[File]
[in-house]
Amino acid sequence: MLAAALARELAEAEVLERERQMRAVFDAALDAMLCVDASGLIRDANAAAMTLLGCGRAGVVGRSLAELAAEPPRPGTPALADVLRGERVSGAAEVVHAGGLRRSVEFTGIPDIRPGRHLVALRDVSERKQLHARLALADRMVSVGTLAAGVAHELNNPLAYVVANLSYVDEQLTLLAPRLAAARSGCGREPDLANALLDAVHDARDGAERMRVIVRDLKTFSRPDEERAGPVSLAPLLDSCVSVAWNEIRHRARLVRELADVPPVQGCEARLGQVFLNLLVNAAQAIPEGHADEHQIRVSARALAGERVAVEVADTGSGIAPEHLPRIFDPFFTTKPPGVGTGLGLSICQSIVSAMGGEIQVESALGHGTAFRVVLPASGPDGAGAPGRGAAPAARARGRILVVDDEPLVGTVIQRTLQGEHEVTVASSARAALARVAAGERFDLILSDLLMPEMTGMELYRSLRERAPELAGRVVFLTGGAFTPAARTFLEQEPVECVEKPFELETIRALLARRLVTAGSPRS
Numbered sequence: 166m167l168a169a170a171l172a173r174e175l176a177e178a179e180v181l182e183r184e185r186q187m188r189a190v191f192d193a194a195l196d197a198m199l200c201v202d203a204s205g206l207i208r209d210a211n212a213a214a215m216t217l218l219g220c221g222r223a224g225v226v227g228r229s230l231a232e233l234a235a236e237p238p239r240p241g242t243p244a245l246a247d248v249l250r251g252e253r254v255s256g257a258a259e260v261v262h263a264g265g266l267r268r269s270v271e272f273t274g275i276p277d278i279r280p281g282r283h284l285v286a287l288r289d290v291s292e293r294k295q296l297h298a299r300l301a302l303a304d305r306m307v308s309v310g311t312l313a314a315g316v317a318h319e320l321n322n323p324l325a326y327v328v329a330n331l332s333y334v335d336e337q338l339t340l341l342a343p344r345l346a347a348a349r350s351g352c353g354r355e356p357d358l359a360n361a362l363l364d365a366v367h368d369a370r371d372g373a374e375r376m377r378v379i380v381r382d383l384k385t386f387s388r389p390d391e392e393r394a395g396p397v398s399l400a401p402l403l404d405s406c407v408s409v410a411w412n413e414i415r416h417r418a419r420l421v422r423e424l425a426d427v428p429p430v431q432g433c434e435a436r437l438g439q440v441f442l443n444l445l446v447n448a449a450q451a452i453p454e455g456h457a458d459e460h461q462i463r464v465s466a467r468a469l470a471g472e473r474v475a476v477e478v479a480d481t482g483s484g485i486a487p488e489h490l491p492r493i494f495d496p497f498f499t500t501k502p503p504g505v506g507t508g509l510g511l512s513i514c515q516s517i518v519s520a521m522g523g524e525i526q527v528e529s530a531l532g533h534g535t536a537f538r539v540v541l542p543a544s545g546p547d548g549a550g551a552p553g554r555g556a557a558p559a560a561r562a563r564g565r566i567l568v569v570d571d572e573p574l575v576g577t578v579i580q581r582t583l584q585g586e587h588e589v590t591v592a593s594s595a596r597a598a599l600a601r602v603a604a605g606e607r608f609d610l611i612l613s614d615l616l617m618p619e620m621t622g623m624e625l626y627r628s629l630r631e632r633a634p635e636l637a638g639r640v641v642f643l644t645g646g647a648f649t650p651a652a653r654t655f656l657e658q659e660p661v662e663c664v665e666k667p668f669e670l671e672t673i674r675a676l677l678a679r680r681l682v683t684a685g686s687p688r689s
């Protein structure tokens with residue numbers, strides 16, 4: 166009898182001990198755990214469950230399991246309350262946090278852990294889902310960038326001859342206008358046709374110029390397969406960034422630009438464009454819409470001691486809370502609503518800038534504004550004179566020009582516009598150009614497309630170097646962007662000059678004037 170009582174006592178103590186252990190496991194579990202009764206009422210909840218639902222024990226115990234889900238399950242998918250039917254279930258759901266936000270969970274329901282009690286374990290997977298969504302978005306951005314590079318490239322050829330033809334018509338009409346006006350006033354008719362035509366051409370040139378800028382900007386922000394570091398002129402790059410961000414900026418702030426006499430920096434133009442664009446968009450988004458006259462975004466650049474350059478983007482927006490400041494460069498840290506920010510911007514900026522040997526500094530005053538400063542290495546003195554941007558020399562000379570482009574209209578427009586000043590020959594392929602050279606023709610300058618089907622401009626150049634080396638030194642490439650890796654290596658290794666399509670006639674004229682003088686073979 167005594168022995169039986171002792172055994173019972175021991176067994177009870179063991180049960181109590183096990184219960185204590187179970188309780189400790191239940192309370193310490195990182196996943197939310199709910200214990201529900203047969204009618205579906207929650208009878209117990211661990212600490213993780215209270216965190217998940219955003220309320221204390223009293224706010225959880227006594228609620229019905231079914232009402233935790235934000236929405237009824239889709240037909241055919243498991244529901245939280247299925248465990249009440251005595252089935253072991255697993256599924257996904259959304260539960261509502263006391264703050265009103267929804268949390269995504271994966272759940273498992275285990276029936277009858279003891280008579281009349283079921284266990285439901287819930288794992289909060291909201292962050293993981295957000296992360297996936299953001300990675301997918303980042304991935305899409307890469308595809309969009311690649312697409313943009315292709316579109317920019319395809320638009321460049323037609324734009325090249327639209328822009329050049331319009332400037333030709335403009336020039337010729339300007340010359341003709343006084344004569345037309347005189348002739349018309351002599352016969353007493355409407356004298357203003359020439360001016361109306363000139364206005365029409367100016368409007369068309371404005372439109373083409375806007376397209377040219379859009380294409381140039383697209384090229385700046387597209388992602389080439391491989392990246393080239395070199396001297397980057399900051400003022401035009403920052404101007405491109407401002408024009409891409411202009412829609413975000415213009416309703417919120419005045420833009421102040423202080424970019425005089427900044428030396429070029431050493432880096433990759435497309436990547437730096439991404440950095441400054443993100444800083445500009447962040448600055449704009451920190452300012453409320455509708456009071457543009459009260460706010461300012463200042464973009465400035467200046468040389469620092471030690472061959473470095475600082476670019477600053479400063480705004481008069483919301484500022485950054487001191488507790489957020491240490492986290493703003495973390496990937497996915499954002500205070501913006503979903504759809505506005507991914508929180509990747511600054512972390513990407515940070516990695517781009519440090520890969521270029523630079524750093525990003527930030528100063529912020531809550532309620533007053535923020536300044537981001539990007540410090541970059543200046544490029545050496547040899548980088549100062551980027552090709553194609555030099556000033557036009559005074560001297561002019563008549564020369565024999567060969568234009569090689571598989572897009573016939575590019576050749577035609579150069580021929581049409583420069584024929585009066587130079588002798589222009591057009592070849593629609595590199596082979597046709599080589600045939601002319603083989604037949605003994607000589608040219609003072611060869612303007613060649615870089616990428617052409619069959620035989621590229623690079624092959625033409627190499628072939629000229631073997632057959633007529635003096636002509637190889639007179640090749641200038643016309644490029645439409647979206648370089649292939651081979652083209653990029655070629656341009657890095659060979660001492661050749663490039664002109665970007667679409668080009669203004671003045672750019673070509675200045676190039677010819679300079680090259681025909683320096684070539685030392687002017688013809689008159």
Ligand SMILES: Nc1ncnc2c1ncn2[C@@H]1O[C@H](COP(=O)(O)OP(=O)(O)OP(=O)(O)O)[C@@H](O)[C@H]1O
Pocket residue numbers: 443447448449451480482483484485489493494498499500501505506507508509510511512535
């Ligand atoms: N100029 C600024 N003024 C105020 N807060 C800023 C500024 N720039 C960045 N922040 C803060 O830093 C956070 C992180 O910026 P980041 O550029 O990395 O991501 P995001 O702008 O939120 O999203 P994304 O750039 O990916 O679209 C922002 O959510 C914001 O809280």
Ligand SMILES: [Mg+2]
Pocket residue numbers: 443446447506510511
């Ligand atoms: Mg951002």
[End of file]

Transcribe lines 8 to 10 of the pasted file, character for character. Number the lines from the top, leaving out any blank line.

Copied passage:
Ligand SMILES: [Mg+2]
Pocket residue numbers: 443446447506510511
């Ligand atoms: Mg951002």